Related topics

Roger Jakubowski: Hot Dog King Sees Green in Adirondacks

December 5, 1986

PAUL SMITHS, N.Y. (AP) _ Roger Jakubowski quit high school to peddle meat when he was 17, bought his first Rolls-Royce when he was 19 and went on to build a multimillion-dollar fast-food and pinball empire on New Jersey’s boardwalks.

Now, the 44-year-old entrepreneur has retreated from the coastal New Jersey fast lane and immersed himself in the wilds of northern New York’s Adirondack Mountains.

He hasn’t come for the quiet life in the woods, though, and he isn’t here for recreation. When Jakubowski gazes at the green forests and snow-silvered summits of the Adirondacks, he sees the green and silver of dollars and cents.

″The Adirondacks are fantastic - the best-kept secret in the United States,″ Jakubowski said during an interview at his new wilderness home, the palatial Camp Topridge built by the late cereal heiress Marjorie Merriweather Post.

Jakubowski, who calls himself a ″normal, hardworking guy″ and a ″crazy Polish kid from Camden,″ has been raising eyebrows among North Country folks ever since he bought Topridge for $911,000 at a controversial state auction in 1985.

The 105-acre compound, with 45 elegantly rustic 19th century buildings perched on a wooded spine of land between two lakes, was given to the state by Mrs. Post’s heirs in 1974. Because the state Constitution’s ″Forever Wild″ clause prohibits sale of state-owned land within the 6 million-acre Adirondack Park, preservationists protested the auction.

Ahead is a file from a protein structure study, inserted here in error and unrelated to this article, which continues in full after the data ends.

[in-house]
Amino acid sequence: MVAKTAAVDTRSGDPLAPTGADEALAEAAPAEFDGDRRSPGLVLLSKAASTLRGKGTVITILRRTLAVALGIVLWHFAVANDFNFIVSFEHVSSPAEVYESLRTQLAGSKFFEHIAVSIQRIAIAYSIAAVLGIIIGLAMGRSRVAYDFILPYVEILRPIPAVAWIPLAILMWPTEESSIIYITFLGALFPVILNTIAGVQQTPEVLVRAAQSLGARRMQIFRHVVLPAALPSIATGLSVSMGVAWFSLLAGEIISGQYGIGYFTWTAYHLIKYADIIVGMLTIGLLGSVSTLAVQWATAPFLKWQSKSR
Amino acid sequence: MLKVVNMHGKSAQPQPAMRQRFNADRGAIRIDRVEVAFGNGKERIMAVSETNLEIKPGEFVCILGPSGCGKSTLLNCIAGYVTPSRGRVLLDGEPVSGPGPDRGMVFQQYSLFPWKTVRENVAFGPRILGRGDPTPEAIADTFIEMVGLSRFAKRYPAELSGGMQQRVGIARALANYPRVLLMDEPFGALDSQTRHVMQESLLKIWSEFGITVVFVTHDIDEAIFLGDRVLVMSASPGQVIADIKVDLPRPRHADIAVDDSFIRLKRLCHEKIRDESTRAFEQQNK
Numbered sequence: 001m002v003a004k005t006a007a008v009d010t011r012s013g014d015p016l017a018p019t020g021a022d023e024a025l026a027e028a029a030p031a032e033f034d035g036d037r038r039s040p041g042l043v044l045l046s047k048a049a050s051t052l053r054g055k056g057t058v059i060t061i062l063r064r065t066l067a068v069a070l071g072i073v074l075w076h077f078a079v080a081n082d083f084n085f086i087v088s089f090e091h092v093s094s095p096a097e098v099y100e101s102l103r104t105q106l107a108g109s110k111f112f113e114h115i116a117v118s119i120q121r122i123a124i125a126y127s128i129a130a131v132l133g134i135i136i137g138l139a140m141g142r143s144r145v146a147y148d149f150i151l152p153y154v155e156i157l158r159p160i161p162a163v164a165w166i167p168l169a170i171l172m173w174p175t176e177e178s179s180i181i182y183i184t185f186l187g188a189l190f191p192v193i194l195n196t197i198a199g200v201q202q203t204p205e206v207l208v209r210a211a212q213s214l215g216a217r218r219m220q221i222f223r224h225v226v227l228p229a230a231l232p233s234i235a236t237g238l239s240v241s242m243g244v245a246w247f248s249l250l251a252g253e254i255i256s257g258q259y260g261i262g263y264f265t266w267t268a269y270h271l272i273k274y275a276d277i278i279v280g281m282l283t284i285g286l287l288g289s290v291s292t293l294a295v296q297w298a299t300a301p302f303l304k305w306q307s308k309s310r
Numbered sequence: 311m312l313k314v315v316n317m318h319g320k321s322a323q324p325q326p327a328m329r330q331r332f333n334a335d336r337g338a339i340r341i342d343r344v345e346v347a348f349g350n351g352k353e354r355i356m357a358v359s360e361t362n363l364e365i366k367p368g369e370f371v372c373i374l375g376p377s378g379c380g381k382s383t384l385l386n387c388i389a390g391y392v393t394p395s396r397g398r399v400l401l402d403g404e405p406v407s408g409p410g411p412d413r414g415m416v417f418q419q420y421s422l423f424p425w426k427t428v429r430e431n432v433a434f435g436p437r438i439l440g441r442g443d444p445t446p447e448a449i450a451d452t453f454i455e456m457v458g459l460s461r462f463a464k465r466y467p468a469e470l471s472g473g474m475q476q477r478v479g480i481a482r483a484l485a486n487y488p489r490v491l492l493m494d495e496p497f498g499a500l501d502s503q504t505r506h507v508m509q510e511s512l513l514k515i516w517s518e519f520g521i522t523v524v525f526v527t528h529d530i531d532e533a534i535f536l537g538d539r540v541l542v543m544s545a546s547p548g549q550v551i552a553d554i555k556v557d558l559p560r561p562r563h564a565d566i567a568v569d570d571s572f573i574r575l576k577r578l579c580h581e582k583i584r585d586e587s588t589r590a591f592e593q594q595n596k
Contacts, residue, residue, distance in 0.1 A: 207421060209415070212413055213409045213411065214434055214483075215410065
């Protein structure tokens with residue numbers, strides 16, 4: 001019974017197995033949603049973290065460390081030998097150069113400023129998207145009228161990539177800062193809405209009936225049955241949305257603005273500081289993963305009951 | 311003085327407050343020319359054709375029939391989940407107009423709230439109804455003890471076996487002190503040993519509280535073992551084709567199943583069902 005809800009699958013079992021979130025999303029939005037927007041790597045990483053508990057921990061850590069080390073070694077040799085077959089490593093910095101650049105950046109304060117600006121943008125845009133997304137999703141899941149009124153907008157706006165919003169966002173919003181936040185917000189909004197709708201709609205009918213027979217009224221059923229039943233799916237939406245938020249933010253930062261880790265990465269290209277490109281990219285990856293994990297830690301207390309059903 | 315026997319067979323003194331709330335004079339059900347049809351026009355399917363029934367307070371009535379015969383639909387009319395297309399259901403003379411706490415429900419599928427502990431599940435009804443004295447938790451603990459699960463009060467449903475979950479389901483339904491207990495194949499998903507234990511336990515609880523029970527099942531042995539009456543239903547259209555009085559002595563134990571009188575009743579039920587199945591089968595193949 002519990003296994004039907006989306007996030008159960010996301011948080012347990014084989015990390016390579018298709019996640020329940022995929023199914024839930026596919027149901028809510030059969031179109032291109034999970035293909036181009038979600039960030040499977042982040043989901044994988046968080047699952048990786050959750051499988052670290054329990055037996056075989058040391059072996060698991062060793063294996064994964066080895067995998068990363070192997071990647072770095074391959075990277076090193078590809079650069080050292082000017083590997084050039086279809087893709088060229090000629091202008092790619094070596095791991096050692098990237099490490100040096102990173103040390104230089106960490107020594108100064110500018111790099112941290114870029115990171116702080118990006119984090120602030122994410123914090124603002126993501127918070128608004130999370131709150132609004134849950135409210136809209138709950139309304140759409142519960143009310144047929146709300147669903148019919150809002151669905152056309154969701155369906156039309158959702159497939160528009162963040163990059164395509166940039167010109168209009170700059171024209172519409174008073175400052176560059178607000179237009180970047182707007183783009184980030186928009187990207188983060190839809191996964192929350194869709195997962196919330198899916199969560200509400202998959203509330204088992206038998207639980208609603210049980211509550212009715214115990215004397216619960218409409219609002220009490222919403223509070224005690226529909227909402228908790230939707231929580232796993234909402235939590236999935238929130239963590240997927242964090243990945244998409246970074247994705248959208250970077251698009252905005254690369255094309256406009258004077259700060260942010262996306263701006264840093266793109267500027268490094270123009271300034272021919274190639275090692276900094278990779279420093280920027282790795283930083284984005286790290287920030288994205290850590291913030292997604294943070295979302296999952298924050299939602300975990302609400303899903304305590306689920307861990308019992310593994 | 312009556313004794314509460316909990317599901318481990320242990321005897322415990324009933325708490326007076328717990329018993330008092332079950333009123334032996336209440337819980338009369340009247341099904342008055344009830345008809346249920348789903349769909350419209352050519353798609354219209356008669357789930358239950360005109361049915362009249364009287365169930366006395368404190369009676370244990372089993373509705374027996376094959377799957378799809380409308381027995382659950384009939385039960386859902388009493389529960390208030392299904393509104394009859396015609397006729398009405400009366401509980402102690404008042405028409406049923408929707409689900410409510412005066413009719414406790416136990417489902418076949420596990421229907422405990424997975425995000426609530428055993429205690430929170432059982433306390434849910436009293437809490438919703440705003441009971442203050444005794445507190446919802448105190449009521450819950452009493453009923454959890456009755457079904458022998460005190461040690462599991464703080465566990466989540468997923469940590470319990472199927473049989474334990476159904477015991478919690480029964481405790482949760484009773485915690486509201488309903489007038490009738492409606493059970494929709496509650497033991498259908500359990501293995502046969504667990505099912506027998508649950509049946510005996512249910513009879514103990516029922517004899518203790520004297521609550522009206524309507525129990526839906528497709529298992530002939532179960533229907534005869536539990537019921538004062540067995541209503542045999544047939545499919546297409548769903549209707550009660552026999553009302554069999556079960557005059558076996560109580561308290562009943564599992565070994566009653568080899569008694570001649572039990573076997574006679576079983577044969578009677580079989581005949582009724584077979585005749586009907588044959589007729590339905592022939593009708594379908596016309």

″They thought I was going to put in high-rises here, or put in a motel or something,″ said Jakubowski, who agreed to strict limits on the property’s use as a condition of sale. ″As you can see, I’m just living here, minding my own business.″

This past summer, Jakubowski riled historians in Plattsburgh, on Lake Champlain, when he outbid the state and bought 40-acre Crab Island for $190,000.

The local historical society tried to get the state to seize the island from Jakubowski. They said selling Crab Island, the gravesite of 150 American and British sailors who died in a key battle of the War of 1812, was like selling Arlington National Cemetery.

″I just fell in love with it. I knew there was historical significance there, but I didn’t expect this uproar,″ said Jakubowski. ″I’m going to save it. I’m a man who saves everything.″

Jakubowski has bought a string of other properties in the Adirondacks, including a spring-water company on Lake Champlain; Plattsburgh’s WKDR radio station; Lake Ozonia in St. Lawrence County, where he says he plans to build vacation homes; a mile of Lake Champlain shoreline; a store in Saranac Lake; and the Big Tupper Ski Center.

″I’d like to buy the whole Adirondack Park,″ said Jakubowski, pacing animatedly before a blazing, cavernous stone fireplace. ″I say they’ll put it up for sale eventually.″

That would take an amendment to the state Constitution, which has protected the Adirondacks for more than a century.

Business and civic leaders in the economically depressed Adirondack region, where tourism is the main industry and unemployment rates run high, have welcomed Jakubowski’s money and enthusiasm.